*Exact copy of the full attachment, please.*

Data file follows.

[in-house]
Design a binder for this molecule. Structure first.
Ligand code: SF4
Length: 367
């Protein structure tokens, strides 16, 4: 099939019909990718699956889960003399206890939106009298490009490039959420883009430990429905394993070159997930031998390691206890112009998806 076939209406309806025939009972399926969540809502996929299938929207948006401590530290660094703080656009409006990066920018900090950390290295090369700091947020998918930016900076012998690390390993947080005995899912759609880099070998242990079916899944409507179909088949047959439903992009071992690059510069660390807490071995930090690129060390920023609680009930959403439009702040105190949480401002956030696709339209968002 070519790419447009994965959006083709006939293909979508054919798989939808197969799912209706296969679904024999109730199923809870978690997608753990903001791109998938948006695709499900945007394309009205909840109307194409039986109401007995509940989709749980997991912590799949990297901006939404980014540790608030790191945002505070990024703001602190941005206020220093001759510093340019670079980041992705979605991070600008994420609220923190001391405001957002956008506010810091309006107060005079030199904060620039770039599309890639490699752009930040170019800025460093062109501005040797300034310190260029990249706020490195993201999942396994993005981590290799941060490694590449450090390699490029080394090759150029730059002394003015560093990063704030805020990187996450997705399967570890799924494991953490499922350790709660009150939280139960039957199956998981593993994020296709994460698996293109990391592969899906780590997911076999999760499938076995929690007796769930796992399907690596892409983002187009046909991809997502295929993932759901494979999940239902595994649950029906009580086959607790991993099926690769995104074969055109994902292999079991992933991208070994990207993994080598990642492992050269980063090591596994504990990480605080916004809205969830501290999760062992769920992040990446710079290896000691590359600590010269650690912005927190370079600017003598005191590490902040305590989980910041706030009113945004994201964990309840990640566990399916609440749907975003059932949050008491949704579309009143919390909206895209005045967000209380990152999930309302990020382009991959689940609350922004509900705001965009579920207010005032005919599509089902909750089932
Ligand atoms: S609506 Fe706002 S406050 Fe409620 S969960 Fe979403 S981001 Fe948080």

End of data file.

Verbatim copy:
[in-house]
Design a binder for this molecule. Structure first.
Ligand code: SF4
Length: 367
């Protein structure tokens, strides 16, 4: 099939019909990718699956889960003399206890939106009298490009490039959420883009430990429905394993070159997930031998390691206890112009998806 076939209406309806025939009972399926969540809502996929299938929207948006401590530290660094703080656009409006990066920018900090950390290295090369700091947020998918930016900076012998690390390993947080005995899912759609880099070998242990079916899944409507179909088949047959439903992009071992690059510069660390807490071995930090690129060390920023609680009930959403439009702040105190949480401002956030696709339209968002 070519790419447009994965959006083709006939293909979508054919798989939808197969799912209706296969679904024999109730199923809870978690997608753990903001791109998938948006695709499900945007394309009205909840109307194409039986109401007995509940989709749980997991912590799949990297901006939404980014540790608030790191945002505070990024703001602190941005206020220093001759510093340019670079980041992705979605991070600008994420609220923190001391405001957002956008506010810091309006107060005079030199904060620039770039599309890639490699752009930040170019800025460093062109501005040797300034310190260029990249706020490195993201999942396994993005981590290799941060490694590449450090390699490029080394090759150029730059002394003015560093990063704030805020990187996450997705399967570890799924494991953490499922350790709660009150939280139960039957199956998981593993994020296709994460698996293109990391592969899906780590997911076999999760499938076995929690007796769930796992399907690596892409983002187009046909991809997502295929993932759901494979999940239902595994649950029906009580086959607790991993099926690769995104074969055109994902292999079991992933991208070994990207993994080598990642492992050269980063090591596994504990990480605080916004809205969830501290999760062992769920992040990446710079290896000691590359600590010269650690912005927190370079600017003598005191590490902040305590989980910041706030009113945004994201964990309840990640566990399916609440749907975003059932949050008491949704579309009143919390909206895209005045967000209380990152999930309302990020382009991959689940609350922004509900705001965009579920207010005032005919599509089902909750089932
Ligand atoms: S609506 Fe706002 S406050 Fe409620 S969960 Fe979403 S981001 Fe948080």